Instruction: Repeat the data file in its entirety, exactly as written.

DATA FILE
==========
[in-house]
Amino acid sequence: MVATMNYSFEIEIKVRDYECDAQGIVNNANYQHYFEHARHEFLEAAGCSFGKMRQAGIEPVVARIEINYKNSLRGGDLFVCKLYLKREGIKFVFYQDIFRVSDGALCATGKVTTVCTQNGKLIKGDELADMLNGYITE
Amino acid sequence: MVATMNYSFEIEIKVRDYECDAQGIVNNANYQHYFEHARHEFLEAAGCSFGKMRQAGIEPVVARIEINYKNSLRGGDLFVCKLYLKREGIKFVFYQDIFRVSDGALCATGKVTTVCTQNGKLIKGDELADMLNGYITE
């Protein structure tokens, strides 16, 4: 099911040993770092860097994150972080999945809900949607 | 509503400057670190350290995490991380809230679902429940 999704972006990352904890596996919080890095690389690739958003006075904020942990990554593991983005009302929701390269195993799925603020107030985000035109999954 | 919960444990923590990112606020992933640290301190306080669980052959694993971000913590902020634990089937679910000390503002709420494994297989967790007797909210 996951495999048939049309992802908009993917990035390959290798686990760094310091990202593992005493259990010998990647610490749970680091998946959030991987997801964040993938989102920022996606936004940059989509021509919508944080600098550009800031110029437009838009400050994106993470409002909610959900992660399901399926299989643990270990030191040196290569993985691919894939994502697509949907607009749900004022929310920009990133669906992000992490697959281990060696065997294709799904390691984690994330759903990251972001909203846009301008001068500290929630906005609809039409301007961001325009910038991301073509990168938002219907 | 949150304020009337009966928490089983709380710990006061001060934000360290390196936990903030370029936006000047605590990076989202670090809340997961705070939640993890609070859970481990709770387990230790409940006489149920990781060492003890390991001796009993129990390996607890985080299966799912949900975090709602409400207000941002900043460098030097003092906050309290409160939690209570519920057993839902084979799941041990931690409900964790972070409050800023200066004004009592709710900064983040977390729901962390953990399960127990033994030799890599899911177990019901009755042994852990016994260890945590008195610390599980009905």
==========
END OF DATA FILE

[in-house]
Amino acid sequence: MVATMNYSFEIEIKVRDYECDAQGIVNNANYQHYFEHARHEFLEAAGCSFGKMRQAGIEPVVARIEINYKNSLRGGDLFVCKLYLKREGIKFVFYQDIFRVSDGALCATGKVTTVCTQNGKLIKGDELADMLNGYITE
Amino acid sequence: MVATMNYSFEIEIKVRDYECDAQGIVNNANYQHYFEHARHEFLEAAGCSFGKMRQAGIEPVVARIEINYKNSLRGGDLFVCKLYLKREGIKFVFYQDIFRVSDGALCATGKVTTVCTQNGKLIKGDELADMLNGYITE
């Protein structure tokens, strides 16, 4: 099911040993770092860097994150972080999945809900949607 | 509503400057670190350290995490991380809230679902429940 999704972006990352904890596996919080890095690389690739958003006075904020942990990554593991983005009302929701390269195993799925603020107030985000035109999954 | 919960444990923590990112606020992933640290301190306080669980052959694993971000913590902020634990089937679910000390503002709420494994297989967790007797909210 996951495999048939049309992802908009993917990035390959290798686990760094310091990202593992005493259990010998990647610490749970680091998946959030991987997801964040993938989102920022996606936004940059989509021509919508944080600098550009800031110029437009838009400050994106993470409002909610959900992660399901399926299989643990270990030191040196290569993985691919894939994502697509949907607009749900004022929310920009990133669906992000992490697959281990060696065997294709799904390691984690994330759903990251972001909203846009301008001068500290929630906005609809039409301007961001325009910038991301073509990168938002219907 | 949150304020009337009966928490089983709380710990006061001060934000360290390196936990903030370029936006000047605590990076989202670090809340997961705070939640993890609070859970481990709770387990230790409940006489149920990781060492003890390991001796009993129990390996607890985080299966799912949900975090709602409400207000941002900043460098030097003092906050309290409160939690209570519920057993839902084979799941041990931690409900964790972070409050800023200066004004009592709710900064983040977390729901962390953990399960127990033994030799890599899911177990019901009755042994852990016994260890945590008195610390599980009905």